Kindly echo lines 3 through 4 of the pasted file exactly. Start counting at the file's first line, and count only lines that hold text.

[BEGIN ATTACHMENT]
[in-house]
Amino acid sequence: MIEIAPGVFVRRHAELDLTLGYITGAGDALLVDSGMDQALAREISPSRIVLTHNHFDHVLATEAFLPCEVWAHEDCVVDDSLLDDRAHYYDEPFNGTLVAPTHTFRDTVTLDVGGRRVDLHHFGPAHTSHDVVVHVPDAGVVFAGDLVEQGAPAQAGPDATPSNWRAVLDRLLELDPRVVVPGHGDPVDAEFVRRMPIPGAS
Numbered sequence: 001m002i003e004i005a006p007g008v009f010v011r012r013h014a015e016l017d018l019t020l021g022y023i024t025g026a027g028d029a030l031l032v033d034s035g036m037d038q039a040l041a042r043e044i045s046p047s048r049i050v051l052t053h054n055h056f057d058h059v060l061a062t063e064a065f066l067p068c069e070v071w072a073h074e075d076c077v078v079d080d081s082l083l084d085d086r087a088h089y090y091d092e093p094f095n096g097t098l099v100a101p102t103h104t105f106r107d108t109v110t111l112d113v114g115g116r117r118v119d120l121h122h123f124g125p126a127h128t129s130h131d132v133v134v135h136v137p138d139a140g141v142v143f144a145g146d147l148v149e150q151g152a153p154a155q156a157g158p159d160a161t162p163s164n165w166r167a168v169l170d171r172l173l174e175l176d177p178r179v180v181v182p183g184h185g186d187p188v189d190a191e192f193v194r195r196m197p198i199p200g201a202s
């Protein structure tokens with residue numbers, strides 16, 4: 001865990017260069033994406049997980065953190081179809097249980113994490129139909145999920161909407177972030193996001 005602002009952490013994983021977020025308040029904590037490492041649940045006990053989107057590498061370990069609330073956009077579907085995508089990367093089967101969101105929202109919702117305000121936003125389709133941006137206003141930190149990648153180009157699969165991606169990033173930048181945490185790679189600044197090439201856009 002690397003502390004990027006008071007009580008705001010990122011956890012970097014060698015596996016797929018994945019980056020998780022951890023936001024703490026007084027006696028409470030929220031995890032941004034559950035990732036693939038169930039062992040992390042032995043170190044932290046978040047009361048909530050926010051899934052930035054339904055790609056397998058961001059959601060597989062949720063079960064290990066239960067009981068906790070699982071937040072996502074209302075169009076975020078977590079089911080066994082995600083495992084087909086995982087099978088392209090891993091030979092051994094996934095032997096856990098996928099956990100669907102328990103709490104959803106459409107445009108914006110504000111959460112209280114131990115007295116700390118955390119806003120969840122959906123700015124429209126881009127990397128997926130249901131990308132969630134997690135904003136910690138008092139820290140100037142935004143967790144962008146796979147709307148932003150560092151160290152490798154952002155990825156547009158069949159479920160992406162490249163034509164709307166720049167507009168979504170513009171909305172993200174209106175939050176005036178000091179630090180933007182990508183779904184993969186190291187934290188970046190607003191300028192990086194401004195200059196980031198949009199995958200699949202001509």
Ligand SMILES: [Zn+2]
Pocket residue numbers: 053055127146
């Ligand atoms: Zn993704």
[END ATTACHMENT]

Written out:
Numbered sequence: 001m002i003e004i005a006p007g008v009f010v011r012r013h014a015e016l017d018l019t020l021g022y023i024t025g026a027g028d029a030l031l032v033d034s035g036m037d038q039a040l041a042r043e044i045s046p047s048r049i050v051l052t053h054n055h056f057d058h059v060l061a062t063e064a065f066l067p068c069e070v071w072a073h074e075d076c077v078v079d080d081s082l083l084d085d086r087a088h089y090y091d092e093p094f095n096g097t098l099v100a101p102t103h104t105f106r107d108t109v110t111l112d113v114g115g116r117r118v119d120l121h122h123f124g125p126a127h128t129s130h131d132v133v134v135h136v137p138d139a140g141v142v143f144a145g146d147l148v149e150q151g152a153p154a155q156a157g158p159d160a161t162p163s164n165w166r167a168v169l170d171r172l173l174e175l176d177p178r179v180v181v182p183g184h185g186d187p188v189d190a191e192f193v194r195r196m197p198i199p200g201a202s
């Protein structure tokens with residue numbers, strides 16, 4: 001865990017260069033994406049997980065953190081179809097249980113994490129139909145999920161909407177972030193996001 005602002009952490013994983021977020025308040029904590037490492041649940045006990053989107057590498061370990069609330073956009077579907085995508089990367093089967101969101105929202109919702117305000121936003125389709133941006137206003141930190149990648153180009157699969165991606169990033173930048181945490185790679189600044197090439201856009 002690397003502390004990027006008071007009580008705001010990122011956890012970097014060698015596996016797929018994945019980056020998780022951890023936001024703490026007084027006696028409470030929220031995890032941004034559950035990732036693939038169930039062992040992390042032995043170190044932290046978040047009361048909530050926010051899934052930035054339904055790609056397998058961001059959601060597989062949720063079960064290990066239960067009981068906790070699982071937040072996502074209302075169009076975020078977590079089911080066994082995600083495992084087909086995982087099978088392209090891993091030979092051994094996934095032997096856990098996928099956990100669907102328990103709490104959803106459409107445009108914006110504000111959460112209280114131990115007295116700390118955390119806003120969840122959906123700015124429209126881009127990397128997926130249901131990308132969630134997690135904003136910690138008092139820290140100037142935004143967790144962008146796979147709307148932003150560092151160290152490798154952002155990825156547009158069949159479920160992406162490249163034509164709307166720049167507009168979504170513009171909305172993200174209106175939050176005036178000091179630090180933007182990508183779904184993969186190291187934290188970046190607003191300028192990086194401004195200059196980031198949009199995958200699949202001509």